Tech News Summary:
- The University of South Queensland and Ipswich City Council created a 3D model of the Ipswich Art Gallery using portable scanners, offering unprecedented opportunities to capture and share information about the historic building and its art collections.
- The digital twin of the gallery can be used to monitor temperature, humidity, and foot traffic, thereby protecting the building and its collections.
- The collaboration between USQ and Ipswich City Council highlights the potential of technology in preserving history and providing data for future design, with plans for more projects in the future.
The field of history is undergoing a revolution with the help of cutting-edge technology. Historians are making use of advanced tools and innovative techniques to capture the past like never before.
One such technology is Lidar, which stands for Light Detection and Ranging. Lidar uses a laser scanner to create a highly-detailed 3D map of an area. This can be used to uncover hidden structures, such as ancient pyramids or lost cities, and to get a better understanding of historical sites.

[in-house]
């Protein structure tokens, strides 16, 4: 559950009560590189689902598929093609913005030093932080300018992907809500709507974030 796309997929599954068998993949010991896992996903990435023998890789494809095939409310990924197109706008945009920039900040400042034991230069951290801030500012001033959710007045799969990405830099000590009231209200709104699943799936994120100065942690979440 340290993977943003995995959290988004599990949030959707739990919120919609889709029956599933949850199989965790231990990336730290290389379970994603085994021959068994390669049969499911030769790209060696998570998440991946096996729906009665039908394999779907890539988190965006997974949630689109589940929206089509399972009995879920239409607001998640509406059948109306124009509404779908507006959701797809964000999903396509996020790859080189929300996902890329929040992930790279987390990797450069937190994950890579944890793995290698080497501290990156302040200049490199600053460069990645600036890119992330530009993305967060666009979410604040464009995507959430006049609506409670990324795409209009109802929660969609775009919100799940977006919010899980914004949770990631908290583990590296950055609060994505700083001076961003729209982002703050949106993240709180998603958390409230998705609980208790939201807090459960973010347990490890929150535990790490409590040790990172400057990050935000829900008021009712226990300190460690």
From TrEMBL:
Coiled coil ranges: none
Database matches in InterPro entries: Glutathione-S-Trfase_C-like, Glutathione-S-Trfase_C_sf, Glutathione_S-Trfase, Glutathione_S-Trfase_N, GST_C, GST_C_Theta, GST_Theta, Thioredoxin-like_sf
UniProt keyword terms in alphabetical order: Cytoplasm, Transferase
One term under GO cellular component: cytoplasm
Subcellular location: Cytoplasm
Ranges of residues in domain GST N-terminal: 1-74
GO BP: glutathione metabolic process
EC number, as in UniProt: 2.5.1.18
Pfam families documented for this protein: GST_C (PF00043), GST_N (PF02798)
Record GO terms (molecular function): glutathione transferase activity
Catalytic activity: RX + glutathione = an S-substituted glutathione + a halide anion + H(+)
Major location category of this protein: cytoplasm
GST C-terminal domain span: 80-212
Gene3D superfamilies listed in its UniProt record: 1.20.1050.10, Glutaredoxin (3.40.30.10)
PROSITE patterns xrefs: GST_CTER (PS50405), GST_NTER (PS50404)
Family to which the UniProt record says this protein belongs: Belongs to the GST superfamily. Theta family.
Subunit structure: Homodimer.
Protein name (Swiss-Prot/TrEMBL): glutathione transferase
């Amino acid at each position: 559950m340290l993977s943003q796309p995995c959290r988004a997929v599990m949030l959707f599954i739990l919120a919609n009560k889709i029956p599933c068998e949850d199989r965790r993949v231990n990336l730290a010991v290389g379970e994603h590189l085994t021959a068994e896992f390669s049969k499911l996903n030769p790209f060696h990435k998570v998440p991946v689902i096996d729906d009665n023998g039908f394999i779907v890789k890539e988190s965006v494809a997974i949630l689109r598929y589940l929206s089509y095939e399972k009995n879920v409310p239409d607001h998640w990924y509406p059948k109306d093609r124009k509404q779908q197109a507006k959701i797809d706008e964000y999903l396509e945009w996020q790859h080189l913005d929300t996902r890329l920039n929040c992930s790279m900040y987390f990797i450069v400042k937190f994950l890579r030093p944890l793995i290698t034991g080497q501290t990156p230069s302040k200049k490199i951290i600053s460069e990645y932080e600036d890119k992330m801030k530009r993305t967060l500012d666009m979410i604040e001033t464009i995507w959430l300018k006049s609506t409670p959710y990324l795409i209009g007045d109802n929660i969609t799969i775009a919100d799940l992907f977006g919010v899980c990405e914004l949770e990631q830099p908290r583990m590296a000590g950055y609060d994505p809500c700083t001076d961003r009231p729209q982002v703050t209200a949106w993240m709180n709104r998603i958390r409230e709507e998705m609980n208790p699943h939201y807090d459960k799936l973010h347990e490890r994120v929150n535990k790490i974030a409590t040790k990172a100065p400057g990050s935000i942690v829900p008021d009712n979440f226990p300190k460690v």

Another game-changing technology is augmented reality (AR). This allows historians to bring the past to life by overlaying digital models onto real-world environments. For example, visitors to historic sites can use AR devices to see how the site would have looked centuries ago, with virtual historical figures and objects.
Drones are also being used to capture previously-unseen perspectives of historical sites. By flying cameras over ancient ruins or archaeological digs, researchers can get a bird’s-eye view that is impossible to obtain from ground-level.
With these cutting-edge tools, historians can now create models of historic sites in incredible detail, providing an unparalleled view into the past. It’s an exciting time for history buffs and researchers alike, as new discoveries are made and our understanding of the past is revolutionized.